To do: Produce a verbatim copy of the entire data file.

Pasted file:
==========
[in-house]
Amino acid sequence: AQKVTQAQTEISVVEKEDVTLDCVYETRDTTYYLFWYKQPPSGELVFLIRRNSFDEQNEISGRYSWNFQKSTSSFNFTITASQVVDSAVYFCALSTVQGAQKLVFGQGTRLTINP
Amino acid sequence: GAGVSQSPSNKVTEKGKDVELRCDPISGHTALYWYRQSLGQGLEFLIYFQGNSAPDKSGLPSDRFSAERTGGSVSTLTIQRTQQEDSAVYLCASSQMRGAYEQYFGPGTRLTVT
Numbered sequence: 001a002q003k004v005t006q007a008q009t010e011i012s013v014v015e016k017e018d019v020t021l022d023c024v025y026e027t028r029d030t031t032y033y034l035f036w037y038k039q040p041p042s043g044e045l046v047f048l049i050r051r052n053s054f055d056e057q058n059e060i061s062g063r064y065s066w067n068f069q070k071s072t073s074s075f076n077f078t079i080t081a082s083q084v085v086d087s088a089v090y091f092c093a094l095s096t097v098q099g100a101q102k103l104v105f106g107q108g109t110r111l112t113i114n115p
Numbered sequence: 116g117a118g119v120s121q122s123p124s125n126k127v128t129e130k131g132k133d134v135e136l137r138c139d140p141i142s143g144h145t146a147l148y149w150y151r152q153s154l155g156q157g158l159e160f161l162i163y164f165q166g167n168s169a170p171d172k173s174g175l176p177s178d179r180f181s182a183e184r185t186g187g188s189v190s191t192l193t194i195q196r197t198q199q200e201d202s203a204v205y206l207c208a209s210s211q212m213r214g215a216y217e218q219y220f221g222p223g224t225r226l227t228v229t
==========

[in-house]
Amino acid sequence: AQKVTQAQTEISVVEKEDVTLDCVYETRDTTYYLFWYKQPPSGELVFLIRRNSFDEQNEISGRYSWNFQKSTSSFNFTITASQVVDSAVYFCALSTVQGAQKLVFGQGTRLTINP
Amino acid sequence: GAGVSQSPSNKVTEKGKDVELRCDPISGHTALYWYRQSLGQGLEFLIYFQGNSAPDKSGLPSDRFSAERTGGSVSTLTIQRTQQEDSAVYLCASSQMRGAYEQYFGPGTRLTVT
Numbered sequence: 001a002q003k004v005t006q007a008q009t010e011i012s013v014v015e016k017e018d019v020t021l022d023c024v025y026e027t028r029d030t031t032y033y034l035f036w037y038k039q040p041p042s043g044e045l046v047f048l049i050r051r052n053s054f055d056e057q058n059e060i061s062g063r064y065s066w067n068f069q070k071s072t073s074s075f076n077f078t079i080t081a082s083q084v085v086d087s088a089v090y091f092c093a094l095s096t097v098q099g100a101q102k103l104v105f106g107q108g109t110r111l112t113i114n115p
Numbered sequence: 116g117a118g119v120s121q122s123p124s125n126k127v128t129e130k131g132k133d134v135e136l137r138c139d140p141i142s143g144h145t146a147l148y149w150y151r152q153s154l155g156q157g158l159e160f161l162i163y164f165q166g167n168s169a170p171d172k173s174g175l176p177s178d179r180f181s182a183e184r185t186g187g188s189v190s191t192l193t194i195q196r197t198q199q200e201d202s203a204v205y206l207c208a209s210s211q212m213r214g215a216y217e218q219y220f221g222p223g224t225r226l227t228v229t